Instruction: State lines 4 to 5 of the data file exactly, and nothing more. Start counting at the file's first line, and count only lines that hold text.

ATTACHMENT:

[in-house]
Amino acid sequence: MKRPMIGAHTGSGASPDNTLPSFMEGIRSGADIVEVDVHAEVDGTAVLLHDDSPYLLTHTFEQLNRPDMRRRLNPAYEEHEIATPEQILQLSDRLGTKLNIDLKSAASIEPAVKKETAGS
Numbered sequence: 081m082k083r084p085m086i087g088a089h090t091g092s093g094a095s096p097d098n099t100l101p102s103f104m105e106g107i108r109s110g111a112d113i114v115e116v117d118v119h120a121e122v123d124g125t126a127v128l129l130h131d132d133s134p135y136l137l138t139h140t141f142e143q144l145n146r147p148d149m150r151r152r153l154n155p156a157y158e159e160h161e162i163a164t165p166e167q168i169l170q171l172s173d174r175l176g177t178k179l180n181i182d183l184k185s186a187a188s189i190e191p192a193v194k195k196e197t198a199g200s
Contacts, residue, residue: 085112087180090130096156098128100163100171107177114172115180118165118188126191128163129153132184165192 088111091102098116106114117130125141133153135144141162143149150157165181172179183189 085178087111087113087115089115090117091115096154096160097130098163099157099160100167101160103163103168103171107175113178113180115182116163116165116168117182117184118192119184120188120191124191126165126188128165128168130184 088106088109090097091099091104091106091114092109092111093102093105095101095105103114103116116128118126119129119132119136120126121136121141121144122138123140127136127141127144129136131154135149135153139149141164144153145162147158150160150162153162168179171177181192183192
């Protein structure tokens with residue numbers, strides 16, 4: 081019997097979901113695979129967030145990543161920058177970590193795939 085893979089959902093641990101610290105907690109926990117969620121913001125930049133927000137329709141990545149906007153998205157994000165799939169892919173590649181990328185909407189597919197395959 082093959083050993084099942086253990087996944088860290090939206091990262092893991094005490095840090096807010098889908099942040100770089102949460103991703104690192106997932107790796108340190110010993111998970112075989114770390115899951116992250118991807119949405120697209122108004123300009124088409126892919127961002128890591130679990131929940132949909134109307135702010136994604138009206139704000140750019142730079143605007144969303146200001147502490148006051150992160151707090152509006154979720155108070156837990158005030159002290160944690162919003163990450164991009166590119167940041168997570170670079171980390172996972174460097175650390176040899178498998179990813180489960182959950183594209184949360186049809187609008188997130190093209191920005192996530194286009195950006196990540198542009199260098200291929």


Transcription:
Contacts, residue, residue: 085112087180090130096156098128100163100171107177114172115180118165118188126191128163129153132184165192 088111091102098116106114117130125141133153135144141162143149150157165181172179183189 085178087111087113087115089115090117091115096154096160097130098163099157099160100167101160103163103168103171107175113178113180115182116163116165116168117182117184118192119184120188120191124191126165126188128165128168130184 088106088109090097091099091104091106091114092109092111093102093105095101095105103114103116116128118126119129119132119136120126121136121141121144122138123140127136127141127144129136131154135149135153139149141164144153145162147158150160150162153162168179171177181192183192
């Protein structure tokens with residue numbers, strides 16, 4: 081019997097979901113695979129967030145990543161920058177970590193795939 085893979089959902093641990101610290105907690109926990117969620121913001125930049133927000137329709141990545149906007153998205157994000165799939169892919173590649181990328185909407189597919197395959 082093959083050993084099942086253990087996944088860290090939206091990262092893991094005490095840090096807010098889908099942040100770089102949460103991703104690192106997932107790796108340190110010993111998970112075989114770390115899951116992250118991807119949405120697209122108004123300009124088409126892919127961002128890591130679990131929940132949909134109307135702010136994604138009206139704000140750019142730079143605007144969303146200001147502490148006051150992160151707090152509006154979720155108070156837990158005030159002290160944690162919003163990450164991009166590119167940041168997570170670079171980390172996972174460097175650390176040899178498998179990813180489960182959950183594209184949360186049809187609008188997130190093209191920005192996530194286009195950006196990540198542009199260098200291929």